Further afield were Timezone in the City (apparently there are still a few of these around) and of course the Fun Factory in South Yarra (likely to be redeveloped in the not-too-distant future), where I sometimes played after school once I’d gone to Melbourne High… not to mention that one year rollerskating (also at the Fun Factory) was offered as a sport. I recall they had Joust, Gauntlet (great with four players), Gyruss and Dragon’s Lair (never my favourite).

There was also a place in Balaclava next to the railway bridge which, I recall, was called Sam’s Amusements. Mostly pool tables I think. They may well have had arcade games in there, but it looked way too scary, and I never went in there.

You may have worked out by now that I’m enormously nostalgic for the video games of this period. As it turns out, there’s a place in South Melbourne that sells multi-game versions of the old arcade games, in pretty authentic-looking cabinets, and there are others around Australia where you can buy them from about $1200 upwards. One day, maybe.

In the mean time, there’s always MAME.

Video games

Marino Bros: Not iconic video game characters

Marino Bros: Not iconic video game characters

transport Video games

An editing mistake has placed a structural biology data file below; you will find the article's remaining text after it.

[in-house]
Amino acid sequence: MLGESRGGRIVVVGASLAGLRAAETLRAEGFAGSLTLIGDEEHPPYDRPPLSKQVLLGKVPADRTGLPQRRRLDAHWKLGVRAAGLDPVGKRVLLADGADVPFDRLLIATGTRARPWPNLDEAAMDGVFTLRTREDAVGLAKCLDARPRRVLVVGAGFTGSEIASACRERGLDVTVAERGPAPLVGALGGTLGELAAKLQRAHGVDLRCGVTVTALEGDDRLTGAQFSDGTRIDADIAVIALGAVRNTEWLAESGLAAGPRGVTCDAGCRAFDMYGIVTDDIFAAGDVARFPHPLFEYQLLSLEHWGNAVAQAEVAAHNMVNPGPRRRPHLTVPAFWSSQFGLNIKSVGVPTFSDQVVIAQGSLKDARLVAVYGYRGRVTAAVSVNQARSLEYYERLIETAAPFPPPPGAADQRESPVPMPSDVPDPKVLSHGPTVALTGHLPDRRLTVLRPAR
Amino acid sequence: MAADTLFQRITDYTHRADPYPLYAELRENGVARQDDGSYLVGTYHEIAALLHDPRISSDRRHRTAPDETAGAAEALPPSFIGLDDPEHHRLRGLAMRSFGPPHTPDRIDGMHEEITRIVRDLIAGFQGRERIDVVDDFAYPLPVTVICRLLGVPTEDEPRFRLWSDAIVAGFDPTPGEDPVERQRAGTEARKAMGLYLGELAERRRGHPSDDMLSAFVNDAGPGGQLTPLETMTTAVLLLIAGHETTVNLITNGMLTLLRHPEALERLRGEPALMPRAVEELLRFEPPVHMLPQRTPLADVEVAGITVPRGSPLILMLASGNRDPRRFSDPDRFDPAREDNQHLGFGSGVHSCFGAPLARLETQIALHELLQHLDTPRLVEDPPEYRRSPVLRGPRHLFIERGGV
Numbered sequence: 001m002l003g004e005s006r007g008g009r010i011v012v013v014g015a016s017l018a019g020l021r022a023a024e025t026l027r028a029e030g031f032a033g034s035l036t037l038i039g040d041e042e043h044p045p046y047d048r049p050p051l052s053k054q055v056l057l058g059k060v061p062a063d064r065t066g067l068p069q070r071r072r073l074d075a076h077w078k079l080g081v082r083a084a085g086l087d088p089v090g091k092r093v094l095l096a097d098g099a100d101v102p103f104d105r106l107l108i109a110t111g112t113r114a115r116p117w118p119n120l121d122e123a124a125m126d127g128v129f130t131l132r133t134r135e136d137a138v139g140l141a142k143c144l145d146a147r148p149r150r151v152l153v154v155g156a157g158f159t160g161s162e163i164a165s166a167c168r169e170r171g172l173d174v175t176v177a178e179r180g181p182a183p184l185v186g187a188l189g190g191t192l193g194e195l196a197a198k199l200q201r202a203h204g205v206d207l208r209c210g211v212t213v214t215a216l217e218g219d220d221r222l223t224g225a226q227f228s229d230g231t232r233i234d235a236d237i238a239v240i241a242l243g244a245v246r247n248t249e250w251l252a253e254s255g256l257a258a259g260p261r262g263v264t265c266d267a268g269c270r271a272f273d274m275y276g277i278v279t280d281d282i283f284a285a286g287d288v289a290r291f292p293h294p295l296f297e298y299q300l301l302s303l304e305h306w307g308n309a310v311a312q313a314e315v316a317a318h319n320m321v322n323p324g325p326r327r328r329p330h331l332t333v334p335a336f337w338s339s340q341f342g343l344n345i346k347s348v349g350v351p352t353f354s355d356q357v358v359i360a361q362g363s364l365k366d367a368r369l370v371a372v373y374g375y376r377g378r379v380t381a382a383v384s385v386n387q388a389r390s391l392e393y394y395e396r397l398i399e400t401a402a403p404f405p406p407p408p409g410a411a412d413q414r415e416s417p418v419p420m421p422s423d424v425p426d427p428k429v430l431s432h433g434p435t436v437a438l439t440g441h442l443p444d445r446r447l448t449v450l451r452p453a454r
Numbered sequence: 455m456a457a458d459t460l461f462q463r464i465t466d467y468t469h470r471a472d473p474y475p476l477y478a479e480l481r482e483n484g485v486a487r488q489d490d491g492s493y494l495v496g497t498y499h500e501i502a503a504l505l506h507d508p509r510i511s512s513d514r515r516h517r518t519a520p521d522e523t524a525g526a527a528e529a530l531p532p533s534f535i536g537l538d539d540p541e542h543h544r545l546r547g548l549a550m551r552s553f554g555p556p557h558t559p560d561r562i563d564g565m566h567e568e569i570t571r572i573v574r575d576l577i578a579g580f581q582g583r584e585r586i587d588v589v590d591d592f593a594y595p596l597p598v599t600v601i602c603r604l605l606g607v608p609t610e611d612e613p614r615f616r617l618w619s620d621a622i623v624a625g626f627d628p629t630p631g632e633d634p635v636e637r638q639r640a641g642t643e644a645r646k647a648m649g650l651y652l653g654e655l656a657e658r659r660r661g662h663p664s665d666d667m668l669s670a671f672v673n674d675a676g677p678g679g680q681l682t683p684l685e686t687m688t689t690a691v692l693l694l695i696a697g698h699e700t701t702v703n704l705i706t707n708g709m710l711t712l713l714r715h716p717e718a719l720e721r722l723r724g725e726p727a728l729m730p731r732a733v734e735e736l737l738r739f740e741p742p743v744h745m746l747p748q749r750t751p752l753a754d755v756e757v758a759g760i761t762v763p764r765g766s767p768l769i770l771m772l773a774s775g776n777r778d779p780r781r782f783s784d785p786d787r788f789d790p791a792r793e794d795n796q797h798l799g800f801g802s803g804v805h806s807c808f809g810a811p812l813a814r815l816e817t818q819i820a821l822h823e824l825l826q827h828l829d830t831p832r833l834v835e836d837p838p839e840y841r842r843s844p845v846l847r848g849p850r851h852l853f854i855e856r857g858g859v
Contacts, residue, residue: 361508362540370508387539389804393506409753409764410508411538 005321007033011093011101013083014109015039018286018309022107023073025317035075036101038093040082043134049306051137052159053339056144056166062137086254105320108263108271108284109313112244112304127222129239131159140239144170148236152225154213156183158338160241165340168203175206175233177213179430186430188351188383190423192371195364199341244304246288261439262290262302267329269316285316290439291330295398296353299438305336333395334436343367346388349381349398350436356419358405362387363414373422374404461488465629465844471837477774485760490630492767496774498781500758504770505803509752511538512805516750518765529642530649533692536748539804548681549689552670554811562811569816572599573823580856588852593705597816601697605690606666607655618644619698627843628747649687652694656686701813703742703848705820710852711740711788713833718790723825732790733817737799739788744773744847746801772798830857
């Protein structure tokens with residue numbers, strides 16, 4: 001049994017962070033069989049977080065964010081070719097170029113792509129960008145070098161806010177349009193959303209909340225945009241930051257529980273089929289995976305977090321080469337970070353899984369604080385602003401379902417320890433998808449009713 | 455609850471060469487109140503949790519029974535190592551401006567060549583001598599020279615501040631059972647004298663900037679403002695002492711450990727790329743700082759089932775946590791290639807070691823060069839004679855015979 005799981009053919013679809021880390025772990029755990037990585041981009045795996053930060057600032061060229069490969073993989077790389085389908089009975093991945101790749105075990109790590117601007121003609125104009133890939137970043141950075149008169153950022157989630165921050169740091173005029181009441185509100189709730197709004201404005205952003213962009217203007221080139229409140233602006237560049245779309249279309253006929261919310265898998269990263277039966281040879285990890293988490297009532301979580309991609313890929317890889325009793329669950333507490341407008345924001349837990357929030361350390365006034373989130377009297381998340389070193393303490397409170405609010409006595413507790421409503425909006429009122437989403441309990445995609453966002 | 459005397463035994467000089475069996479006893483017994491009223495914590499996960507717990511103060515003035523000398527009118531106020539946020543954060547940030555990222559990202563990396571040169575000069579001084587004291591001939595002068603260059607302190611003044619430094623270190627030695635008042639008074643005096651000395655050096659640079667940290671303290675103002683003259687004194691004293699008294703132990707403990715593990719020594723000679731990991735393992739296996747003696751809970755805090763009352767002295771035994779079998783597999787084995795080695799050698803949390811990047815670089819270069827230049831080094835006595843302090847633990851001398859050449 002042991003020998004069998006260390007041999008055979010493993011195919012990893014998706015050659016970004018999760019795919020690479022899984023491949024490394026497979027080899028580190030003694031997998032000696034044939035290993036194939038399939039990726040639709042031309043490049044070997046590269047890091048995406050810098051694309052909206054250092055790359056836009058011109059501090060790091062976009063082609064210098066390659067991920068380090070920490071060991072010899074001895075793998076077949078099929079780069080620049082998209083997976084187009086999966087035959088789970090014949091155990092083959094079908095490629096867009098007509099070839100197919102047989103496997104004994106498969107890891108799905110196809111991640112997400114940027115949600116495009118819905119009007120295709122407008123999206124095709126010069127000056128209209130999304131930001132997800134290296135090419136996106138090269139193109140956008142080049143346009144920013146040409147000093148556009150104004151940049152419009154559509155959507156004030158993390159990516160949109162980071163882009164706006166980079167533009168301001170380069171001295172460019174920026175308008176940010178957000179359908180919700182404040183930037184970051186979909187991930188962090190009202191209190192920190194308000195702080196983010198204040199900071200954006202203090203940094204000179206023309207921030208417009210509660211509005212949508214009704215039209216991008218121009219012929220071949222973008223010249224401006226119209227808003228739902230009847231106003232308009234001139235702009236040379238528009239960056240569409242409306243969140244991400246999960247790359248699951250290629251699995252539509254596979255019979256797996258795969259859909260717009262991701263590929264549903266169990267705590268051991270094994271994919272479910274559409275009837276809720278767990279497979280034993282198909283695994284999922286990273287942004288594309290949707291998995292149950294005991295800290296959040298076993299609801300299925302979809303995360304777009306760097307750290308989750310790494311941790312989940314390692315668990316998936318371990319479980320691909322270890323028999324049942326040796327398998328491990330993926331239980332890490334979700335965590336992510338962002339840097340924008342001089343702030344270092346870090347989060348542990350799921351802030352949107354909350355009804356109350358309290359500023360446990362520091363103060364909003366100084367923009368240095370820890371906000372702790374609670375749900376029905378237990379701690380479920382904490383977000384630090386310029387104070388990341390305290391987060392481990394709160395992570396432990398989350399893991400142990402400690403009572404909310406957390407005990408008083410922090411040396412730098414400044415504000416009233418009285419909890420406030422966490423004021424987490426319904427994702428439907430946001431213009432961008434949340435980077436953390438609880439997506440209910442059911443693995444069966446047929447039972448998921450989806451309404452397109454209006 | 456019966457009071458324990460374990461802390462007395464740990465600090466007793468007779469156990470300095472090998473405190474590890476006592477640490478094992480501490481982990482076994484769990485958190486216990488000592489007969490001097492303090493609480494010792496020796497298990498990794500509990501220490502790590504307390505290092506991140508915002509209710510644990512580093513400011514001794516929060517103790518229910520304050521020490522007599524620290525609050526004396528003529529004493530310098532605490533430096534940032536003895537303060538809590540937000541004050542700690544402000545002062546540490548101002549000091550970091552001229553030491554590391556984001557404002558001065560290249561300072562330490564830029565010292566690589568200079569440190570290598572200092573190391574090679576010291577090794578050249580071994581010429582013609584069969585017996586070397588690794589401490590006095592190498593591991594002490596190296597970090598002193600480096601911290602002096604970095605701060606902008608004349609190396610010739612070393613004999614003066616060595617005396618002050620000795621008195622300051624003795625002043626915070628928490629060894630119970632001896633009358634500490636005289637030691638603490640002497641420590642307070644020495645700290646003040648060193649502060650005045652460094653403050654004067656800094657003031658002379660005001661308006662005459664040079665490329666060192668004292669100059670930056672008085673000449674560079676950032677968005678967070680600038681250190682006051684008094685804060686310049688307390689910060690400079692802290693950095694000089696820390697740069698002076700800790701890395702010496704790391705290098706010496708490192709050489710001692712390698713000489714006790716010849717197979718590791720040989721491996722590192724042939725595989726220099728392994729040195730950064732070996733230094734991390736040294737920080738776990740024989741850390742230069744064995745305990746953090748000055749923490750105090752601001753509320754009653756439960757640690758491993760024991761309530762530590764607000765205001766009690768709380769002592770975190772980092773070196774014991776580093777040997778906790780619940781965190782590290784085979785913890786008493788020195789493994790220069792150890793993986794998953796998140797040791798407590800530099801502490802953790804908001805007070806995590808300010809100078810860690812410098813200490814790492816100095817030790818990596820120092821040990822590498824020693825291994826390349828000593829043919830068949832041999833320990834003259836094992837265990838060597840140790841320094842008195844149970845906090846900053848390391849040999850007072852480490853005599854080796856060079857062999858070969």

Three brief PT things

Yearly: Beat the price rise

Just bought my new Yearly ticket via PTUA Commuter Club. It’ll take a couple of weeks to arrive, but it means I’ll beat the March 12th price rise.

PTUA Commuter Club Yearly plus membership: Z1 = $1090 (order by end of Feb; payment must clear by March 3rd). Will go up about 3% after that.

365 day Myki Pass (Yearly Metcards are no longer on sale): Z1 = $1170 until March 11th, $1202.50 after.

12 x 30 day Myki Passes: Z1 = $1332 (if bought after the March 12th price rise; Metcard prices are almost identical).

Myki gates at Melbourne Central

From what I’ve seen the new gates at Parliament and Melbourne Central work well most of the time, but when I went past, one was out of service (with a red light) and another was being problematic.

And at the end of the video you’ll see two fare evaders follow a lady through. There were no staff watching, so they appeared to get away with it.

First impressions after playing the free demo version of Cities In Motion

Cities In MotionQuite slow even on my recentish PC.

Very nice graphics. A few options to adjust settings, but nothing seems to really speed it up. Demo works on my PC’s 256Mb video card despite the system requirements claiming it needs 512Mb.

Clearly a lot of scope in the simulator for playing with different options, setting up routes etc.

Just a teensy bit clunky in some ways, eg having to lay dual tram track everywhere, and having to end all (tram/bus) routes in a loop.

Can’t see a way to create bus/tram lanes. My buses kept getting stuck in bad traffic.

Not totally convinced it’s a big leap forward over the old Traffic Giant game, but it’s only $20 to buy (online; don’t know about retail), and obviously is still under development, with an active user community/forum.

A bit of fun for any transit geek. Provided I can verify the full game will run on my PC, I’ll buy it.

(Some demo download sites require signup/membership — this one doesn’t)

driving Video games

Coolest Mini ever

Spotted in Centre Road, Bentleigh:

Coolest Mini ever